International PhD Programme research topics

When you apply for the EMBL International PhD Programme, you are asked to select two EMBL research groups and to indicate up to four research areas that interest you. A variety of backgrounds - such as biology, chemistry, computational science, mathematics and statistics - are relevant to PhD projects at EMBL-EBI. As well as purely computational projects, there may also be possibilities to incorporate some experimental biology in collaborating laboratories.

Here, we show research groups that are currently accepting PhD students at EMBL-EBI. You can find other EMBL research units on the EMBL website, and browse all EMBL research groups in our Research at a Glance brochure.

Flicek research group

Evolution of transcriptional regulation

Dr Paul Flicek's research group focuses on computational models for genome annotation and evolution based on models incorporating DNA-protein interactions, epigenetic modifications, and the DNA sequence itself. The group is also interested in the large-scale infrastructure required for modern bioinformatics including storage and access methods for high-throughput sequencing data.

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Marioni research group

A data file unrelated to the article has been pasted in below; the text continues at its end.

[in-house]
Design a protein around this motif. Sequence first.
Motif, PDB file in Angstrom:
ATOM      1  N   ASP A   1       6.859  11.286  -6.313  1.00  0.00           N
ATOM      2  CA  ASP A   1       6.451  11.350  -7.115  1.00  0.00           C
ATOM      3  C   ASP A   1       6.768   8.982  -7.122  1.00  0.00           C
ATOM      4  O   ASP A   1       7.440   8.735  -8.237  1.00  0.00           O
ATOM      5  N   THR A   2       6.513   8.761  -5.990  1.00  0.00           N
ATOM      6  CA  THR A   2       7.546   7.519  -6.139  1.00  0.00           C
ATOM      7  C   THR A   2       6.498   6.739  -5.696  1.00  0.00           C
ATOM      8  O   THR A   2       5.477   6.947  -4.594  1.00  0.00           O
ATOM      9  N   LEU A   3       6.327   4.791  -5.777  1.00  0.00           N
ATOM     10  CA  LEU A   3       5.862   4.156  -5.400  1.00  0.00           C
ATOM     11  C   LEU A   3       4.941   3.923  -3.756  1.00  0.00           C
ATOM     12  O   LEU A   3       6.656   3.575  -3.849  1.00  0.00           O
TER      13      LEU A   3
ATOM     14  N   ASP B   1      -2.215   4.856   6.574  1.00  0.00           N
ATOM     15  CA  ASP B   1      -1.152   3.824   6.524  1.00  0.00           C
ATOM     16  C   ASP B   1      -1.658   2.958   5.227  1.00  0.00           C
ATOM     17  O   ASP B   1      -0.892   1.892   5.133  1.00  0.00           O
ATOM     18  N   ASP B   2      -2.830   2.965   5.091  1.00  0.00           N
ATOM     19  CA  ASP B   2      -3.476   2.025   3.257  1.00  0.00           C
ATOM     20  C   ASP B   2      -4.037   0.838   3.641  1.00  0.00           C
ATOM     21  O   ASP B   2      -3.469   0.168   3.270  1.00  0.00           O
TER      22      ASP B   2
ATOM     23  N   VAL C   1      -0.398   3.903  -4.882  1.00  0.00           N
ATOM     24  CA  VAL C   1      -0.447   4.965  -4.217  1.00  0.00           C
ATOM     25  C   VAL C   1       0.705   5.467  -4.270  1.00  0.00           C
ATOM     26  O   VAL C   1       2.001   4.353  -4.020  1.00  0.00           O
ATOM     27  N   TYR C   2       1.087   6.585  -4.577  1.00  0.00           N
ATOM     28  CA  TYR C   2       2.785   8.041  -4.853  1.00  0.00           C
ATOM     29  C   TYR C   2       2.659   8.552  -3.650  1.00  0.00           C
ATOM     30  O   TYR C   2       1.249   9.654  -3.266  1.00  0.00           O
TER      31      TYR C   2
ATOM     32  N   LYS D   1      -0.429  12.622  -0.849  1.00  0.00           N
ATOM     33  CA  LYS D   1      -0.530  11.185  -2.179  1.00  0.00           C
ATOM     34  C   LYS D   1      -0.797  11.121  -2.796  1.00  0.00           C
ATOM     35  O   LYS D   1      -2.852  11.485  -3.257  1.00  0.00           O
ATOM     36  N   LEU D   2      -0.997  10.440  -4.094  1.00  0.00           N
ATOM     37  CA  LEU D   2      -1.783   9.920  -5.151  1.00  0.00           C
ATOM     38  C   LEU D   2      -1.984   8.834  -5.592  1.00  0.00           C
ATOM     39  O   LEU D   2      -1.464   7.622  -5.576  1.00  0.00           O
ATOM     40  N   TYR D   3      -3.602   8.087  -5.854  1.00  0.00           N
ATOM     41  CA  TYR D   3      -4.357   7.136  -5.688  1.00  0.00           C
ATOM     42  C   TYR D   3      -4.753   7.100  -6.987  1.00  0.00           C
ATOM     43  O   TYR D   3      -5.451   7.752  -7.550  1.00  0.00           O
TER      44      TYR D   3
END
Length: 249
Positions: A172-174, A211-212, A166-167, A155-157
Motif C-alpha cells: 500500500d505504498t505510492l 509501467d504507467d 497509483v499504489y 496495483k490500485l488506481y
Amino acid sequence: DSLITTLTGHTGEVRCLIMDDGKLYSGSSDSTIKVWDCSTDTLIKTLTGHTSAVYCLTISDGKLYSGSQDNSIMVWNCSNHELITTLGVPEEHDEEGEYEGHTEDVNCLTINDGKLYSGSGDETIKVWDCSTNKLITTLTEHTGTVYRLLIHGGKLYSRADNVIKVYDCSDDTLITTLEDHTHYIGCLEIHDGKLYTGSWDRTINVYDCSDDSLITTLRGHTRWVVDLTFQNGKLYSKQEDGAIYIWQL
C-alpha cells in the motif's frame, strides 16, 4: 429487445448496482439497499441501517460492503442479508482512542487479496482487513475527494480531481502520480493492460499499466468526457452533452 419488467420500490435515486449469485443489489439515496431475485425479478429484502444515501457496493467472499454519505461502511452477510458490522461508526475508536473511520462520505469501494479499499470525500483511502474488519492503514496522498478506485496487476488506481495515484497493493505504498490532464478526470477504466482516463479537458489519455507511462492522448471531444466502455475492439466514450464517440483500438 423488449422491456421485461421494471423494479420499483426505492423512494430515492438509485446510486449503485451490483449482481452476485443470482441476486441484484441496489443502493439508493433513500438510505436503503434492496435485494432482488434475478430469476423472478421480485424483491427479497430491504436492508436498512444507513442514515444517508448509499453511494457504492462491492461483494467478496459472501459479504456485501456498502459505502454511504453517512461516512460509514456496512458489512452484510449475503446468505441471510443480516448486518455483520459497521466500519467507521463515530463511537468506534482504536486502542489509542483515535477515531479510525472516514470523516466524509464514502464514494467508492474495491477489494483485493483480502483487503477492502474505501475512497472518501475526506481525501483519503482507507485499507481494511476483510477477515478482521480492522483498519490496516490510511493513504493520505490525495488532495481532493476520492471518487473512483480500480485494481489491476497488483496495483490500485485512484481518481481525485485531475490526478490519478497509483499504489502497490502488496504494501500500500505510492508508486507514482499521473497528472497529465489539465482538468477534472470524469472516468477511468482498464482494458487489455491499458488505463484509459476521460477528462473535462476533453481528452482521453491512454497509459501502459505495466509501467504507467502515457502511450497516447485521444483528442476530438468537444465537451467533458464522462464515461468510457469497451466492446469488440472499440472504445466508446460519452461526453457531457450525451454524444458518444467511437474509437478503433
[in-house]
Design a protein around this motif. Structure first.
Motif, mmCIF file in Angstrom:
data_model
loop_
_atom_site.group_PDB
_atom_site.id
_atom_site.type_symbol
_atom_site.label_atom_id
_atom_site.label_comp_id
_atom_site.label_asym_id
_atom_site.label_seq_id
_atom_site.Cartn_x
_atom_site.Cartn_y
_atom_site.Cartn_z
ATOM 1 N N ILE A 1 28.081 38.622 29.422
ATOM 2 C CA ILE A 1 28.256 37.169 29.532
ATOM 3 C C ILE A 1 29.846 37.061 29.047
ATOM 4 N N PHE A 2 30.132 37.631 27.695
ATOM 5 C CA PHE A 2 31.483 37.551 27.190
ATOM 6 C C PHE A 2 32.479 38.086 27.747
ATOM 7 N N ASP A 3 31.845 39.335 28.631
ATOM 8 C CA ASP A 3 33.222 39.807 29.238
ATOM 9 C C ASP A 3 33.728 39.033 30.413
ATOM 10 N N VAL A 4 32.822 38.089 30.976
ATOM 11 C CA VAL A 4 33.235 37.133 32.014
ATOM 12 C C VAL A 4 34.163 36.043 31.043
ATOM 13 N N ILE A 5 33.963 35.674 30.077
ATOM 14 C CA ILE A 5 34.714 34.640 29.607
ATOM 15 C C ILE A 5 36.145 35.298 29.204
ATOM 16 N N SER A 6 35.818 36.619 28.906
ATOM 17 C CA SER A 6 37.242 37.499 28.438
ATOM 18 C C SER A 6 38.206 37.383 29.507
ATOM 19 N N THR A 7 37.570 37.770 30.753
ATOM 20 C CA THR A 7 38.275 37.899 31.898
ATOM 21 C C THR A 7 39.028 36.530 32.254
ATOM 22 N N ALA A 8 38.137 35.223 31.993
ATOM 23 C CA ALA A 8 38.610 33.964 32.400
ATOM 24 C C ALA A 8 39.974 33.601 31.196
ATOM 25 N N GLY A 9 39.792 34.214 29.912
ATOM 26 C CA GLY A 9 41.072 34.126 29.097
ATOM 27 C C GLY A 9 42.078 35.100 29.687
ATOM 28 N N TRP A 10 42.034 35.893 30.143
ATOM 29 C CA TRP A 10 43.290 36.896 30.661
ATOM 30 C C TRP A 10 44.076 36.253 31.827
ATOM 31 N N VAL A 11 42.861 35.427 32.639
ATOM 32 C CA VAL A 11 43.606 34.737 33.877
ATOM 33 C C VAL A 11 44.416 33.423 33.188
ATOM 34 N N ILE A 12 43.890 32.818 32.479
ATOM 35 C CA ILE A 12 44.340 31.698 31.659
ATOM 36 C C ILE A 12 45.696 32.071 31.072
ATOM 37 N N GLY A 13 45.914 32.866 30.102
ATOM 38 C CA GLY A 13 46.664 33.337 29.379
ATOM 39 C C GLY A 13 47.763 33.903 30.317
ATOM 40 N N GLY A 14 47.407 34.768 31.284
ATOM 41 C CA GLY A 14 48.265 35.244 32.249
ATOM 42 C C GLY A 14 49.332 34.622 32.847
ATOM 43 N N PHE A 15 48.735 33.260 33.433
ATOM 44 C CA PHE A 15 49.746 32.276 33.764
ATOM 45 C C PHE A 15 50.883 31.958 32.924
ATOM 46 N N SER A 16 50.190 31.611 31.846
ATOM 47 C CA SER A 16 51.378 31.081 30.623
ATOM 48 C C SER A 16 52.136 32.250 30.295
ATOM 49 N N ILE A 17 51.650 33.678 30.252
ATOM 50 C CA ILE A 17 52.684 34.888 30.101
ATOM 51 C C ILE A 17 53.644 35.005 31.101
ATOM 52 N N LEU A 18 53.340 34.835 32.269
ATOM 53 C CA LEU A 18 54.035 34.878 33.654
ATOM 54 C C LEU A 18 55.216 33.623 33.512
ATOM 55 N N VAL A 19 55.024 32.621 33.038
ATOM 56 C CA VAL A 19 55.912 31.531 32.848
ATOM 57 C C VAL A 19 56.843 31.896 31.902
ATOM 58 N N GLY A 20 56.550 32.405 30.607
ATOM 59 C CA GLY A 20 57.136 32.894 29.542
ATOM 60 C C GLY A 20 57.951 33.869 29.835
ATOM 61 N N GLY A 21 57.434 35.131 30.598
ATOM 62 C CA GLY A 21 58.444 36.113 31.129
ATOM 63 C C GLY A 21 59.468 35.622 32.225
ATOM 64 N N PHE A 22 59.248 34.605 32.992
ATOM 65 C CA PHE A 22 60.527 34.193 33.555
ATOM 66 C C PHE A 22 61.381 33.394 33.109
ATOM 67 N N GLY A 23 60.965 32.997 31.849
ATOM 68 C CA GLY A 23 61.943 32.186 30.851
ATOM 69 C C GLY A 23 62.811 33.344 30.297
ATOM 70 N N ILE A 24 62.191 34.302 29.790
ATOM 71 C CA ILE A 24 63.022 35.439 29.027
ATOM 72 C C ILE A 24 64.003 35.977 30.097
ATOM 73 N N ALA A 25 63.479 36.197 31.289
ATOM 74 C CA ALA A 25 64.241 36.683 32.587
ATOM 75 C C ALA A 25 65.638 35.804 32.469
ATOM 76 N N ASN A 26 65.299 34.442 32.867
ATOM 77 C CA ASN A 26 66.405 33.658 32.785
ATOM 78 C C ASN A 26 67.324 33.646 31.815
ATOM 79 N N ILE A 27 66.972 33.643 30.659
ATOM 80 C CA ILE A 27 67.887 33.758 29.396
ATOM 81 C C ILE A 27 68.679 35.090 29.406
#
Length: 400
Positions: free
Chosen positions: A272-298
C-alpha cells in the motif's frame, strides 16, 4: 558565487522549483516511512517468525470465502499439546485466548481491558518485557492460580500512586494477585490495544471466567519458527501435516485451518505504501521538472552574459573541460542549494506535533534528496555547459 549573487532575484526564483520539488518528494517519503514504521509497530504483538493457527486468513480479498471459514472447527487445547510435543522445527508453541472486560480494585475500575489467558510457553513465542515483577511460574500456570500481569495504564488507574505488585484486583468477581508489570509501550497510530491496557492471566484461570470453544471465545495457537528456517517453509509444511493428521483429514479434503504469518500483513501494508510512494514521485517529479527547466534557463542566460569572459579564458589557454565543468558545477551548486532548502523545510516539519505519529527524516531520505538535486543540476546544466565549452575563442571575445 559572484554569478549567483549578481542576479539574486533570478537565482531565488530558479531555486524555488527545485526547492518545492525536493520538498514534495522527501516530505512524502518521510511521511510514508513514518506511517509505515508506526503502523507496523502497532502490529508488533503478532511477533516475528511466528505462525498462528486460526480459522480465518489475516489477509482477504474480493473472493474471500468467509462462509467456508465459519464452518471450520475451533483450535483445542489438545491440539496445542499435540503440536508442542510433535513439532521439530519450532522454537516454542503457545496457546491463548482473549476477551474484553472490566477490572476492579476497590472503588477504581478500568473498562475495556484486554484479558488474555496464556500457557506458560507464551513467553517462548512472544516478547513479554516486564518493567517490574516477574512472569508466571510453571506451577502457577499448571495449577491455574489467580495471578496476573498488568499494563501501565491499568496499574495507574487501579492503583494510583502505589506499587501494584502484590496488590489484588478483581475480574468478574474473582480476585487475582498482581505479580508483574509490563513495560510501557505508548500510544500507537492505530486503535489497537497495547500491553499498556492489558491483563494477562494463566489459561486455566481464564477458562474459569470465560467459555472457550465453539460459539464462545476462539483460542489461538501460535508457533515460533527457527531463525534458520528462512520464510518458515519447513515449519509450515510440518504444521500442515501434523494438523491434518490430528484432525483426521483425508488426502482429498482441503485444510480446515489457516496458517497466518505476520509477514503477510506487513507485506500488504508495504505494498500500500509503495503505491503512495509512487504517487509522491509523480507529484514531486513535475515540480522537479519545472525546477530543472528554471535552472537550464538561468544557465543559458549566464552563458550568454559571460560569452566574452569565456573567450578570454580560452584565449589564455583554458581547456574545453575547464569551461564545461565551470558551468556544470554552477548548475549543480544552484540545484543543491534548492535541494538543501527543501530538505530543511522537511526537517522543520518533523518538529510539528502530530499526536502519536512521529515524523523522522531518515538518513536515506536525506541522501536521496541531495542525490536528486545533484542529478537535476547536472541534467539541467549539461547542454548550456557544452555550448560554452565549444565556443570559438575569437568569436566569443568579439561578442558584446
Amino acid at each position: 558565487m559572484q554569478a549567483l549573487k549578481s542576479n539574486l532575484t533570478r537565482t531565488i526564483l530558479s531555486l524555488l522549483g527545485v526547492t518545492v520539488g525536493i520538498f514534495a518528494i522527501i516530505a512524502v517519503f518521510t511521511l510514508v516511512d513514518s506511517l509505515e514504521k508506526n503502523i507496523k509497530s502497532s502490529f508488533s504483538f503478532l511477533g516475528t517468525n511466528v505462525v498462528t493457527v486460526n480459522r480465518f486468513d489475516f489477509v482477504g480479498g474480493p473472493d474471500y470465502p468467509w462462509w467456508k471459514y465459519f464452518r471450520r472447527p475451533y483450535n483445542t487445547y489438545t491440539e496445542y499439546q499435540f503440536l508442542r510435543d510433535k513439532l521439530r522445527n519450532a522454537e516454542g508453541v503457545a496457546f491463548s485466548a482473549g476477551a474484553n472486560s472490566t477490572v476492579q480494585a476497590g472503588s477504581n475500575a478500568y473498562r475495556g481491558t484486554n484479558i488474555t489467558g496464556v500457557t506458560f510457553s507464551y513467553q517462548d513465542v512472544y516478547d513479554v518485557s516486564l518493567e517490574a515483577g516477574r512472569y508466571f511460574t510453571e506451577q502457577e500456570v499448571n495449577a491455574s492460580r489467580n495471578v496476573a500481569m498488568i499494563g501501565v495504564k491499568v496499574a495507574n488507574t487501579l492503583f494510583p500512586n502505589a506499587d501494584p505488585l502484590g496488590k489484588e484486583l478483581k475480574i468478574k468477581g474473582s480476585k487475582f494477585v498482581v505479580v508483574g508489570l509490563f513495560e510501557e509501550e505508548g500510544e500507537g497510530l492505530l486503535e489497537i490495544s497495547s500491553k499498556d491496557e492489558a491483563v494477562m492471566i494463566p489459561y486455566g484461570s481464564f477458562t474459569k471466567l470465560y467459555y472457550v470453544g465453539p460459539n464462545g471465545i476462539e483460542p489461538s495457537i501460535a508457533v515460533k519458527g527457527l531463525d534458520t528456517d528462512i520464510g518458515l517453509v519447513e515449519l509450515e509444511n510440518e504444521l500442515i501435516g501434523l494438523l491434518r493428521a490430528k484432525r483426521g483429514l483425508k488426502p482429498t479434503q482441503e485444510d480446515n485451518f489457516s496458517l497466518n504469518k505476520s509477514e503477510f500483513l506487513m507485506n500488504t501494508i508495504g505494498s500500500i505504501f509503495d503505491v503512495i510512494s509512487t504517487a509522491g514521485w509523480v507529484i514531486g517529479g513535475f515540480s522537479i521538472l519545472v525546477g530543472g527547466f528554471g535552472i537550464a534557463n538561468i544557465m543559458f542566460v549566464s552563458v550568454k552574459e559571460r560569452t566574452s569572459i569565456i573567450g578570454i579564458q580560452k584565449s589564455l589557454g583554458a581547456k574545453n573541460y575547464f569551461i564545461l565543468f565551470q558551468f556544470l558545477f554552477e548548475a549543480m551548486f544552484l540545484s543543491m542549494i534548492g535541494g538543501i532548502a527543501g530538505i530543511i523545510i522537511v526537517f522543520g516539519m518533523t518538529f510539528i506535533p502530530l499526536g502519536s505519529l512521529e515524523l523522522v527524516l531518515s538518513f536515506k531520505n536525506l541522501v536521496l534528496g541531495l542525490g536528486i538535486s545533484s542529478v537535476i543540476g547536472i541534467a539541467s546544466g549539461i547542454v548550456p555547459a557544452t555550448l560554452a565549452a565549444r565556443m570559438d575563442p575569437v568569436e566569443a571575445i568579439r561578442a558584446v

Computational and evolutionary genomics

Dr John Marioni's research group develops effective statistical and computational methods for analysing the vast amounts of data generated in high-throughput experiments. To gain a deeper understanding of complex biological processes such as gene regulation, the group develops computational methods for interrogating high-throughput genomics data. Their work focuses primarily on modelling variation in gene expression levels in different contexts: between individual cells from the same tissue; across different samples taken from the same tumour; and at the population level where a single, large sample of cells is taken from the organism and tissue of interest. Working with experimental colleagues within and beyond EMBL, the group applies their methods to biological questions ranging from the regulation of mammalian gene expression levels to the brain development in a marine annelid.

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Teichmann research group

Gene expression regulation and protein complex assembly

Dr Sarah Teichmann's research group seeks to elucidate general principles of gene expression and protein complex assembly. They study protein complexes in terms of their three-dimensional structure, structure evolution, and the principles underlying protein complex formation and organization. Another major focus is understanding regulation of gene expression during switches in cell state, and in their wet lab at the Wellcome Trust Sanger Institute the group uses mouse T-helper cells as a model of cell differentiation.

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